First, you will find that almost all translate the beginning of the verse with something along the lines of My voice you shall hear in the morning. But I have two variances here where the 1599 GB and John Calvin translate it in the optative mood. They see it as expressing a wish or desire to the Lord rather than a declarative statement. In these cases we read something along the lines of O that thou wouldst hear my voice in the morning. Calvin explains it as follows, “The first sentence may also read in the future tense of the indicative mood, Thou shalt hear my prayer. But, in my opinion, the verb is rather in the optative mood, as I have translated it.” I make no attempt to definitively determine which is true or not. I know this much though, I trust the exegetical standards of Calvin and think that it makes more sense written the way he has translated it. I don’t know that the 1599 GB bolsters such a position since they were all heavily influenced personally by Calvin and it would have been strange for them to interpret it differently. Even so, to start the verse by declaring a wish or desire to the Lord and then to proceed into the object of that request seems most logical to my mind; to begin with the indicative and then to repeat it immediately thereafter seems needlessly redundant and we know that where such technique is employed in the Bible it is always there for a reason such as truly, truly.
Next we see a couple of versions that replace the word prayer where it says in the morning I will direct my prayer unto thee. Now there are still others who use the word it or me (myself) which is really no change at all and just a continuation of the previous thought. But in the RSV and
“O that thou wouldst hear my voice in the morning, O Jehovah.”
¨ Having besought God to grant his requests, he now entreats Him to make haste. Some think he alludes to the morning prayers which were wont to be joined with the daily sacrifices of the temple, according to the appointment of the law. Although I do not disapprove of this opinion, yet I have no doubt but that, constrained by the weariness of a somewhat lengthened delay, he wishes his deliverance to be hastened; as if he had said, “As soon as I awake, this will be the first subject of my thoughts. Therefore, O Lord, delay no longer the help of which I stand in need, but grant immediately my desires.” JC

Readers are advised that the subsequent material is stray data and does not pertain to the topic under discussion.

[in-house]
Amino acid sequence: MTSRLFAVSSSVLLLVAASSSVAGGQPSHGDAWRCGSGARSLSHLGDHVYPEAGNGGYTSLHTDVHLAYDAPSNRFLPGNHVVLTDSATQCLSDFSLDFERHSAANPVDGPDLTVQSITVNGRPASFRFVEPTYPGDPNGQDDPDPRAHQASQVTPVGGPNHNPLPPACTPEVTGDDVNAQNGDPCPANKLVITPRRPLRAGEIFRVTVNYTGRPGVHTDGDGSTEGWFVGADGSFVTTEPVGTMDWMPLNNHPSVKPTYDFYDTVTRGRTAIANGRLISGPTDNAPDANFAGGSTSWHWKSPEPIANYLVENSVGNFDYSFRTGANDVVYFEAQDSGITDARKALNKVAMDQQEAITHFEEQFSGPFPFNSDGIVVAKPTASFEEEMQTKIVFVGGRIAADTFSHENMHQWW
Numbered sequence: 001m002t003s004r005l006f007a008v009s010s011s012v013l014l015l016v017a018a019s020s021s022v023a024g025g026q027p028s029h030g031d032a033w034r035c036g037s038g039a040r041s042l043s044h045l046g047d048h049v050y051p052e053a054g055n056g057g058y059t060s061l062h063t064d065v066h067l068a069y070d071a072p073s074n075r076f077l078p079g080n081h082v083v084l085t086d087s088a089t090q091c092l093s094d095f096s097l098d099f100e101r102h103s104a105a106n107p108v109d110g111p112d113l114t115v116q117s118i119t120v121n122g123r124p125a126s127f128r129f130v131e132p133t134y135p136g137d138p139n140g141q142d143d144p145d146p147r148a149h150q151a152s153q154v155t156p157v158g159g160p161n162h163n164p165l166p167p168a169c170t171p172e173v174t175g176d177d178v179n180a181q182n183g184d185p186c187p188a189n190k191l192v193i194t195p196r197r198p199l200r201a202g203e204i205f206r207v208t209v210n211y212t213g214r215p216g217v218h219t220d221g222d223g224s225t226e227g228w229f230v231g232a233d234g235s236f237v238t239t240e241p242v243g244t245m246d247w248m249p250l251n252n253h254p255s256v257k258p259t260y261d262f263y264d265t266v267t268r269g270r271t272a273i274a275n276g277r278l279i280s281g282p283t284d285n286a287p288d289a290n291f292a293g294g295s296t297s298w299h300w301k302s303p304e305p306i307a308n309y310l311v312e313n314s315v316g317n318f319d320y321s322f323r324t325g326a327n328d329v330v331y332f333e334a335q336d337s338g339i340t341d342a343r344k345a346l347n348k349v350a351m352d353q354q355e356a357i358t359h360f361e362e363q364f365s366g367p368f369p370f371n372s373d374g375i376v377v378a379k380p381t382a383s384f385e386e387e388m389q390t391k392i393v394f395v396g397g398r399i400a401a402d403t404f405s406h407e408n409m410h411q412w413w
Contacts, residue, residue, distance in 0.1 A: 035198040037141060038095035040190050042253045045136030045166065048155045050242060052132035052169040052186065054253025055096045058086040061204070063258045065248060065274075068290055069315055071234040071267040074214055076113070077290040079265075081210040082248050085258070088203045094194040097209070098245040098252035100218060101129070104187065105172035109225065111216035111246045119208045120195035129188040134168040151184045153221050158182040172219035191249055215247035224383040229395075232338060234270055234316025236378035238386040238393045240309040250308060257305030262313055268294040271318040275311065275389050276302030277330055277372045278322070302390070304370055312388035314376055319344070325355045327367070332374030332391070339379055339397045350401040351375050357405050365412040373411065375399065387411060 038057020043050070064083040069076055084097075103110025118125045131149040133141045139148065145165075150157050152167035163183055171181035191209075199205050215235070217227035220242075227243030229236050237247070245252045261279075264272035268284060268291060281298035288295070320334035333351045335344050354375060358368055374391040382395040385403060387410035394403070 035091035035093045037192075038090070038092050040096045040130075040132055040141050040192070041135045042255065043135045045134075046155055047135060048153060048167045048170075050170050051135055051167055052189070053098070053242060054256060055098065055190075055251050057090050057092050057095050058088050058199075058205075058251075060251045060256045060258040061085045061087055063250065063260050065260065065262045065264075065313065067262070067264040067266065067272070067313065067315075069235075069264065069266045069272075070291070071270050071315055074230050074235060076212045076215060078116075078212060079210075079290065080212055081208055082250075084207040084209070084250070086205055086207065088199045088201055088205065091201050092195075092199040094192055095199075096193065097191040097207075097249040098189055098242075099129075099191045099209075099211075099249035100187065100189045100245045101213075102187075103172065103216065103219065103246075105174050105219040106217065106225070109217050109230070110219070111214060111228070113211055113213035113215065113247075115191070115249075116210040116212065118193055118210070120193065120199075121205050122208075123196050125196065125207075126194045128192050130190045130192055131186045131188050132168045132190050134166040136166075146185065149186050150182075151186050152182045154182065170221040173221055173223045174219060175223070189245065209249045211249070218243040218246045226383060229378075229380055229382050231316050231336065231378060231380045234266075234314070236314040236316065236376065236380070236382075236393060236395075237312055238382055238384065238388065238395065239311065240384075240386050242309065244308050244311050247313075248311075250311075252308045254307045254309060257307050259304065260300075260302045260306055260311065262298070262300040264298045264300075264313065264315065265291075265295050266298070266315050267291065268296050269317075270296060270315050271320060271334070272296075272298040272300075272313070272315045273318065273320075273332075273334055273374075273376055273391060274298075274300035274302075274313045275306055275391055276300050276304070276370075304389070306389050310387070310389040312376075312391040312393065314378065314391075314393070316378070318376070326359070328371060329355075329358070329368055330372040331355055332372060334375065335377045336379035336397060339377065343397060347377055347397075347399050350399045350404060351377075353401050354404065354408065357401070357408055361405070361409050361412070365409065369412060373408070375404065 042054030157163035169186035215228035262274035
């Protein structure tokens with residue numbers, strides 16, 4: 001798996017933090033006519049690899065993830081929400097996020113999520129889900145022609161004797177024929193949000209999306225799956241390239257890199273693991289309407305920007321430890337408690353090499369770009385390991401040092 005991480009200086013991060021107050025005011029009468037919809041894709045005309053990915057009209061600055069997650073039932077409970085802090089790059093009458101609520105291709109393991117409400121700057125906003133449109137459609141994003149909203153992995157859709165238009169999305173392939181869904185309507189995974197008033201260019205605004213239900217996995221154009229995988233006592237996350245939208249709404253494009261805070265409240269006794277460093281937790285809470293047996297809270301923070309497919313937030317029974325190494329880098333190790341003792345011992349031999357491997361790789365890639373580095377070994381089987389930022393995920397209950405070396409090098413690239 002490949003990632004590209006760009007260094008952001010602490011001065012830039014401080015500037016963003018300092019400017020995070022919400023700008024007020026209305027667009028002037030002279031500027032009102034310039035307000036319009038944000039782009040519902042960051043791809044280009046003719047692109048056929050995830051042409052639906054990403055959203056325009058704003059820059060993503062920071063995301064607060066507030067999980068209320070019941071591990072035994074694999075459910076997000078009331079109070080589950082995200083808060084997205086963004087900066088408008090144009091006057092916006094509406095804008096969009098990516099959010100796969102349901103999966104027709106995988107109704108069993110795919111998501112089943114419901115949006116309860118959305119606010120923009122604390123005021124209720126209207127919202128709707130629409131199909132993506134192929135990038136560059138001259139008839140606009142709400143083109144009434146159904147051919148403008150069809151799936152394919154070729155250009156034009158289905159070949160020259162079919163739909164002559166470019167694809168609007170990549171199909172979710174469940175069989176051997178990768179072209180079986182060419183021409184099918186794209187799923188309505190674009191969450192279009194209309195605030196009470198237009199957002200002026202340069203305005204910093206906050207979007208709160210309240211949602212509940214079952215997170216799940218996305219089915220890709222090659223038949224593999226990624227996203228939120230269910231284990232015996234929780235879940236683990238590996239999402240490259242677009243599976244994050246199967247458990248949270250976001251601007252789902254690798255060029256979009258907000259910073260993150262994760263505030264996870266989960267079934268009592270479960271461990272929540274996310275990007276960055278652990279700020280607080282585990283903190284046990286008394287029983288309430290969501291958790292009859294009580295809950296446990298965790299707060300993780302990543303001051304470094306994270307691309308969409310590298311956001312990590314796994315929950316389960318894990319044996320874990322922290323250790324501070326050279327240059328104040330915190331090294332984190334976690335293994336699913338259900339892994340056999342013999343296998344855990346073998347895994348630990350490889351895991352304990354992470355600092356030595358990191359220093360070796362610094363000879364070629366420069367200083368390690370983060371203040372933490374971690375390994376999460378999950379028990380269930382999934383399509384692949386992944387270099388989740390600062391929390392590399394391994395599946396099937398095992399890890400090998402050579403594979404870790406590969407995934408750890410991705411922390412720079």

¨ In the morning. This is the fittest time for intercourse with God. An hour in the morning is worth two in the evening. While the dew is on the grass, let grace drop upon the soul. Let us give God the mornings of our days and the morning of our lives. Prayer should be the key of the day and the lock of the night.
¨ […] the morning is a proper time for prayer, both to return thanks to God for refreshing sleep and rest, for preservation from dangers by fire, by thieves and murderers, and for renewed mercies in the morning; as also to pray to God to keep from evil and dangers the day following; to give daily food, and to succeed in business and the employments of life; and for a continuation of every mercy, temporal and spiritual. God should be served and sought in the first place; and so to do looks as if God was with His people, and they with Him, when they awake in the morning. JG
¨ Morning prayer is our duty; we are fittest for prayer when we are in the most fresh, and lively, and composed frame, got clear of the slumbers of the night, revived by them, and not yet filled with the business of the day. We have then most need of prayer, considering the dangers and temptations of the day to which we are exposed, and against which we are concerned; by faith and prayer, to fetch in fresh supplies of grace. MH
“In the morning I will direct my prayer unto thee.”